World War II Hero and Olympic Distance Runner. Born in New York his family moved to California when he was two years old. He became a distance runner and set an interscholastic record in 1934. This earned him a scholarship to the University of Southern California. He qualified for the 1936 Berlin Olympics and finished eighth in the 5,000 meter distance event at that Olympics. He ran the last lap in record time which brought him to the attention of Nazi dictator Adolf Hitler. Just prior to American entry into World War II following the attack on Pearl Harbor, he joined the US Army Air Corps. He served on a B-24 in the Pacific theater. The infamous and known-to-be-faulty B-24 dubbed 'Green Hornet', to which the crew was assigned that day, ditched at sea in the Pacific due to mechanical failure, while searching for the missing B-24 pilot and First Lieutenant Clarence C. Corpening, Jr. While drifting at sea on a life raft which Lieutenant Zamperini, Bombardier, was able to gather and deploy from the aircraft the moment they were going down at sea, the remaining three crew members endured the constant danger of sharks circling and bumping the small raft. They survived on raw fish, rain water, and random sea birds which Zamperini's quick, bare hands were able to capture upon lighting on the raft. At one point during their 47 days adrift, an aircraft finally appeared overhead. Thinking their rescue had arrived, they became very hopeful, only to discover that it was a Japanese aircraft. This was quickly confirmed, as they were strafed by incoming rounds of fire from overhead. In an attempt to avoid the incoming fire, Zamperini boldly jumped out into the water with the sharks, punching them in the nose when they came near him. They would survive horrible conditions of only rain water and raw fish. He was one of three who survived the crash. One of the survivors SSgt Francis P. "Mac" McNamara the tail gunner, died at sea. Louis and the other survivor pilot Russell Allen "Phil" Phillips reached land in the Marshall Islands and were captured by the Japanese Navy. He was terribly beaten, starved, and tortured while in Japanese captivity. Because of his celebrity status he was singled out for greater torture. In 1949, his wife, Cynthia Applewhite, persuaded him to attend the Los Angeles Billy Graham Crusade. Billy Graham was instrumental in leading him to Christ. Louis would later return to Japan where he visited the prison holding many of the guards from the POW camp where he was held during the war. He met many of the former guards, offering them forgiveness and hugging them. His first book, "Devil at my Heels: The Louis Zamperini Story" was published in 1956. In 2003 a new book was published with much new material and information. Louis had a changed life, reflected in his founding of Victory Camps. A program of helping truant youth. He continued to be involved in the Olympic movement, running five times in the Olympic Torch Run. For his 81st birthday in January 1998, Zamperini ran a leg in the Olympic Torch relay for the Winter Olympics in Nagano, Japan. His route of carrying the torch took him by the prison where he had been interned during the War. Throughout his life he continued to be a spokesman for the University of Southern California. He often appeared in public wearing a USC cap. In 2010 a book of his life was publish, "Unbroken: A World War II Story of Survival, Resilience, and Redemption." The author,Laura Hillenbrand, also wrote the popular book "Seabiscuit" which also became a movie. In January 2015 the movie version of the book is to be released, directed by Angelina Jolie. Zamperini was scheduled to be the Grand marshal of the 2015 Rose Parade in Pasadena, California. He was born under the name of Louis Silvie Zamperini in 1917 in Olean, New York. The Zamperini Field in Torrance, California, formerly the Torrance Municipal Airport, is named after him.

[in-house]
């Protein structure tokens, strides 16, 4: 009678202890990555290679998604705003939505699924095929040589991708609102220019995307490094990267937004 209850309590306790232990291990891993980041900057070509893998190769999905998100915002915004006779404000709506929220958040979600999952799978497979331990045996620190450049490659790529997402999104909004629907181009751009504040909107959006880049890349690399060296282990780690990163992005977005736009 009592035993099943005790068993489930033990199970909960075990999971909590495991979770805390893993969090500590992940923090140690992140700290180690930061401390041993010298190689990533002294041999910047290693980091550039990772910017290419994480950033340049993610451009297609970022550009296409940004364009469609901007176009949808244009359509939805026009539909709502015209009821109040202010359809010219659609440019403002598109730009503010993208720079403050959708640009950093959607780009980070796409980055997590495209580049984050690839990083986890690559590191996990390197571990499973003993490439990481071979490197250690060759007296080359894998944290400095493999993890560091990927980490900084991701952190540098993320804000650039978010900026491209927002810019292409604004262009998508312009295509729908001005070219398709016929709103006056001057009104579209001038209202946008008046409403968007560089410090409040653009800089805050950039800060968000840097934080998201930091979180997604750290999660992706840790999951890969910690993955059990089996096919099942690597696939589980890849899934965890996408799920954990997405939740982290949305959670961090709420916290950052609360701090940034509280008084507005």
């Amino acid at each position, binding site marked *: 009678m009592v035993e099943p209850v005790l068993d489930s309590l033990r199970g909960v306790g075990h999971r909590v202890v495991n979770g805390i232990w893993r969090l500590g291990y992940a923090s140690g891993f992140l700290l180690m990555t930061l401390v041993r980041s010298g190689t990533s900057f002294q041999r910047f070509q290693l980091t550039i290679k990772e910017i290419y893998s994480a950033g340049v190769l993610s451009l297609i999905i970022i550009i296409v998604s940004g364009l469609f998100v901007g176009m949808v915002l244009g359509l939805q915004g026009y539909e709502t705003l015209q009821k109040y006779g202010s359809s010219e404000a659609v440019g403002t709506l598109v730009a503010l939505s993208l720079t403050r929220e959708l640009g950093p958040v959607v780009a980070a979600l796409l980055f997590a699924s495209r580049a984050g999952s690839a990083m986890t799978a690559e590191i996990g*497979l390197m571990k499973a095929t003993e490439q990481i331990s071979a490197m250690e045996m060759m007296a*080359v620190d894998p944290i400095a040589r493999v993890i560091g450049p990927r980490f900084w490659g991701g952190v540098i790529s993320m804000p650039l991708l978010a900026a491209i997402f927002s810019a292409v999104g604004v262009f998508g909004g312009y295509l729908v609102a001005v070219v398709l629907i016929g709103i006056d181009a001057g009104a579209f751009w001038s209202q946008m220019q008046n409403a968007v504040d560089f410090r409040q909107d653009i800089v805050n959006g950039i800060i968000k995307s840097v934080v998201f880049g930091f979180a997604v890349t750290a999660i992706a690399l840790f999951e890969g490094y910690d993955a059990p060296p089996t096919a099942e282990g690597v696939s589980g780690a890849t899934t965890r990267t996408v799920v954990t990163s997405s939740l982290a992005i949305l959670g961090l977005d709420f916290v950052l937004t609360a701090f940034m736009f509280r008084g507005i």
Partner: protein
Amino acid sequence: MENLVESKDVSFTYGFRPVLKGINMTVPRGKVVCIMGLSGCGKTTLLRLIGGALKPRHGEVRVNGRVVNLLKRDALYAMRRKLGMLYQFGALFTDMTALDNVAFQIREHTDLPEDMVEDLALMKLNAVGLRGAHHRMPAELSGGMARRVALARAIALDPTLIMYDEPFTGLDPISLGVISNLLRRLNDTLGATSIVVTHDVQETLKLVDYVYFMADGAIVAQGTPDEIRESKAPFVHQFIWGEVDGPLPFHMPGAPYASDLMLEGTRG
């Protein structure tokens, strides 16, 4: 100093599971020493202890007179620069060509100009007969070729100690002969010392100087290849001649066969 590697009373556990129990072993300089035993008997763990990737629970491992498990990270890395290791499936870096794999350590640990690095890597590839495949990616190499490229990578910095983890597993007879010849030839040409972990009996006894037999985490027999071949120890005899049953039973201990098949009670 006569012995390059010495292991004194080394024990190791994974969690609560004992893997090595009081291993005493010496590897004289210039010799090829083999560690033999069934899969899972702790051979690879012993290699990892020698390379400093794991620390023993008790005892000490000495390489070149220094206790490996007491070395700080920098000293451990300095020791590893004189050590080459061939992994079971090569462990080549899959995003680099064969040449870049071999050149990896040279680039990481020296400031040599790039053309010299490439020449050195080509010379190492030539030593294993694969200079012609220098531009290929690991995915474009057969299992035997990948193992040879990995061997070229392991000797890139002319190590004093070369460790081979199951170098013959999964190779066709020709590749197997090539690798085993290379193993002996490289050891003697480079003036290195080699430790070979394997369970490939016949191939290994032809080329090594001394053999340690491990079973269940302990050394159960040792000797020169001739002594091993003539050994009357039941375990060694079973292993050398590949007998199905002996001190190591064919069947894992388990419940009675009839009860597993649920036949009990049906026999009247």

Bio by: Robert C. Peurifoy
Cynthia Marie Applewhite Zamperini